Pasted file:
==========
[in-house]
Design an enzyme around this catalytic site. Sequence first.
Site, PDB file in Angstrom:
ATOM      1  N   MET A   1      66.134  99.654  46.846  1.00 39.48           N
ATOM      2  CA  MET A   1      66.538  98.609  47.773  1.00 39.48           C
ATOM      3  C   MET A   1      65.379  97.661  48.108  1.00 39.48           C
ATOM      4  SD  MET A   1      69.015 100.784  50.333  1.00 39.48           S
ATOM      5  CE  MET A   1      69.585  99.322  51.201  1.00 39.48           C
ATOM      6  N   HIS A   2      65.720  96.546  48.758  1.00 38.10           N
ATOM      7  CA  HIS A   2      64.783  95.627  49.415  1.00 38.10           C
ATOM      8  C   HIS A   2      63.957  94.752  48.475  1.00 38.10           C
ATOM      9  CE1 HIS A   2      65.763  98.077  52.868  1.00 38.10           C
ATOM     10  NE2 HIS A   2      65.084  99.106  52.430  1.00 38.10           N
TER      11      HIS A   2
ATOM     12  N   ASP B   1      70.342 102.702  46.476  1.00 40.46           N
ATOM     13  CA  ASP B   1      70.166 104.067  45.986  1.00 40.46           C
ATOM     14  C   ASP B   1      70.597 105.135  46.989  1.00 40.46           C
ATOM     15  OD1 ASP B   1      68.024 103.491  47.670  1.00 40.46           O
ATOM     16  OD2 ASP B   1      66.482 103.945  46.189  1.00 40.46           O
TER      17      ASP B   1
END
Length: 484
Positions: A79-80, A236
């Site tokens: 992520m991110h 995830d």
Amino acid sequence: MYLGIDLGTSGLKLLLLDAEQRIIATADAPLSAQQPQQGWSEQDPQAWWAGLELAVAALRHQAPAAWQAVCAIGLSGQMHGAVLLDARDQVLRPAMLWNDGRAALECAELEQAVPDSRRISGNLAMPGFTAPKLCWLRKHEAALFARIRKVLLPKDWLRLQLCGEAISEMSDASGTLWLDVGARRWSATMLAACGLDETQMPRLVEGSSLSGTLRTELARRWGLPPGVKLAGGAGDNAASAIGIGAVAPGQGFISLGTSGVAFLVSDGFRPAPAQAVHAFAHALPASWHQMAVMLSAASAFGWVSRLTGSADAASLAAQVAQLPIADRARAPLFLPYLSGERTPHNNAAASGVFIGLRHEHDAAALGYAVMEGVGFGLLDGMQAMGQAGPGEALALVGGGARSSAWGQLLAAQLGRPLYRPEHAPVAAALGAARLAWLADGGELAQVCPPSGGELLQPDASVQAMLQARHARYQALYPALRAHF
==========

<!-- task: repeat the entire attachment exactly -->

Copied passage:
[in-house]
Design an enzyme around this catalytic site. Sequence first.
Site, PDB file in Angstrom:
ATOM      1  N   MET A   1      66.134  99.654  46.846  1.00 39.48           N
ATOM      2  CA  MET A   1      66.538  98.609  47.773  1.00 39.48           C
ATOM      3  C   MET A   1      65.379  97.661  48.108  1.00 39.48           C
ATOM      4  SD  MET A   1      69.015 100.784  50.333  1.00 39.48           S
ATOM      5  CE  MET A   1      69.585  99.322  51.201  1.00 39.48           C
ATOM      6  N   HIS A   2      65.720  96.546  48.758  1.00 38.10           N
ATOM      7  CA  HIS A   2      64.783  95.627  49.415  1.00 38.10           C
ATOM      8  C   HIS A   2      63.957  94.752  48.475  1.00 38.10           C
ATOM      9  CE1 HIS A   2      65.763  98.077  52.868  1.00 38.10           C
ATOM     10  NE2 HIS A   2      65.084  99.106  52.430  1.00 38.10           N
TER      11      HIS A   2
ATOM     12  N   ASP B   1      70.342 102.702  46.476  1.00 40.46           N
ATOM     13  CA  ASP B   1      70.166 104.067  45.986  1.00 40.46           C
ATOM     14  C   ASP B   1      70.597 105.135  46.989  1.00 40.46           C
ATOM     15  OD1 ASP B   1      68.024 103.491  47.670  1.00 40.46           O
ATOM     16  OD2 ASP B   1      66.482 103.945  46.189  1.00 40.46           O
TER      17      ASP B   1
END
Length: 484
Positions: A79-80, A236
């Site tokens: 992520m991110h 995830d």
Amino acid sequence: MYLGIDLGTSGLKLLLLDAEQRIIATADAPLSAQQPQQGWSEQDPQAWWAGLELAVAALRHQAPAAWQAVCAIGLSGQMHGAVLLDARDQVLRPAMLWNDGRAALECAELEQAVPDSRRISGNLAMPGFTAPKLCWLRKHEAALFARIRKVLLPKDWLRLQLCGEAISEMSDASGTLWLDVGARRWSATMLAACGLDETQMPRLVEGSSLSGTLRTELARRWGLPPGVKLAGGAGDNAASAIGIGAVAPGQGFISLGTSGVAFLVSDGFRPAPAQAVHAFAHALPASWHQMAVMLSAASAFGWVSRLTGSADAASLAAQVAQLPIADRARAPLFLPYLSGERTPHNNAAASGVFIGLRHEHDAAALGYAVMEGVGFGLLDGMQAMGQAGPGEALALVGGGARSSAWGQLLAAQLGRPLYRPEHAPVAAALGAARLAWLADGGELAQVCPPSGGELLQPDASVQAMLQARHARYQALYPALRAHF